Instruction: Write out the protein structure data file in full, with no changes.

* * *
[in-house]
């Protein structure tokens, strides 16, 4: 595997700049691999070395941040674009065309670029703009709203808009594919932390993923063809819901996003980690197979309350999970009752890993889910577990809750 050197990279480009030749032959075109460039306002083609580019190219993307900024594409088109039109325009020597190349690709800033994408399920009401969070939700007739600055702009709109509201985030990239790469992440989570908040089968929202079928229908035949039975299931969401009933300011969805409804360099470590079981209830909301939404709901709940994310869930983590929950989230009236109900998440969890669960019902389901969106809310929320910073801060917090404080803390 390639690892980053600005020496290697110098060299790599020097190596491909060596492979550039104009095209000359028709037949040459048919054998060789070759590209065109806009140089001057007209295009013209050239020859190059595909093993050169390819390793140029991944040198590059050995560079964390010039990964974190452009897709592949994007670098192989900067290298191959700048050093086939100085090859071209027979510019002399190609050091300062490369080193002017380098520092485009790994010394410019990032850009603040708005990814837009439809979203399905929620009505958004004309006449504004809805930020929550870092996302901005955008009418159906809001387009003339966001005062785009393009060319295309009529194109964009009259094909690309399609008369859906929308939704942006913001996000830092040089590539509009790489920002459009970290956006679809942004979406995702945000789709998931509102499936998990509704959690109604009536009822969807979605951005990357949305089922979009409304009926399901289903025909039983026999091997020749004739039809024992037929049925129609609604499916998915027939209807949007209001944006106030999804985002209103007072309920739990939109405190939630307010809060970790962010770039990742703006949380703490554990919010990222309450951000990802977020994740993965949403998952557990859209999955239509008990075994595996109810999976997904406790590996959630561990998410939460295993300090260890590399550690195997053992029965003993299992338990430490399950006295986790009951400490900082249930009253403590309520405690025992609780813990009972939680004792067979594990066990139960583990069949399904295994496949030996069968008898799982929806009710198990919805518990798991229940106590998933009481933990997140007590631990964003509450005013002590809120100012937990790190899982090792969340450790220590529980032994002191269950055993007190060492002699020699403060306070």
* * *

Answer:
[in-house]
């Protein structure tokens, strides 16, 4: 595997700049691999070395941040674009065309670029703009709203808009594919932390993923063809819901996003980690197979309350999970009752890993889910577990809750 050197990279480009030749032959075109460039306002083609580019190219993307900024594409088109039109325009020597190349690709800033994408399920009401969070939700007739600055702009709109509201985030990239790469992440989570908040089968929202079928229908035949039975299931969401009933300011969805409804360099470590079981209830909301939404709901709940994310869930983590929950989230009236109900998440969890669960019902389901969106809310929320910073801060917090404080803390 390639690892980053600005020496290697110098060299790599020097190596491909060596492979550039104009095209000359028709037949040459048919054998060789070759590209065109806009140089001057007209295009013209050239020859190059595909093993050169390819390793140029991944040198590059050995560079964390010039990964974190452009897709592949994007670098192989900067290298191959700048050093086939100085090859071209027979510019002399190609050091300062490369080193002017380098520092485009790994010394410019990032850009603040708005990814837009439809979203399905929620009505958004004309006449504004809805930020929550870092996302901005955008009418159906809001387009003339966001005062785009393009060319295309009529194109964009009259094909690309399609008369859906929308939704942006913001996000830092040089590539509009790489920002459009970290956006679809942004979406995702945000789709998931509102499936998990509704959690109604009536009822969807979605951005990357949305089922979009409304009926399901289903025909039983026999091997020749004739039809024992037929049925129609609604499916998915027939209807949007209001944006106030999804985002209103007072309920739990939109405190939630307010809060970790962010770039990742703006949380703490554990919010990222309450951000990802977020994740993965949403998952557990859209999955239509008990075994595996109810999976997904406790590996959630561990998410939460295993300090260890590399550690195997053992029965003993299992338990430490399950006295986790009951400490900082249930009253403590309520405690025992609780813990009972939680004792067979594990066990139960583990069949399904295994496949030996069968008898799982929806009710198990919805518990798991229940106590998933009481933990997140007590631990964003509450005013002590809120100012937990790190899982090792969340450790220590529980032994002191269950055993007190060492002699020699403060306070």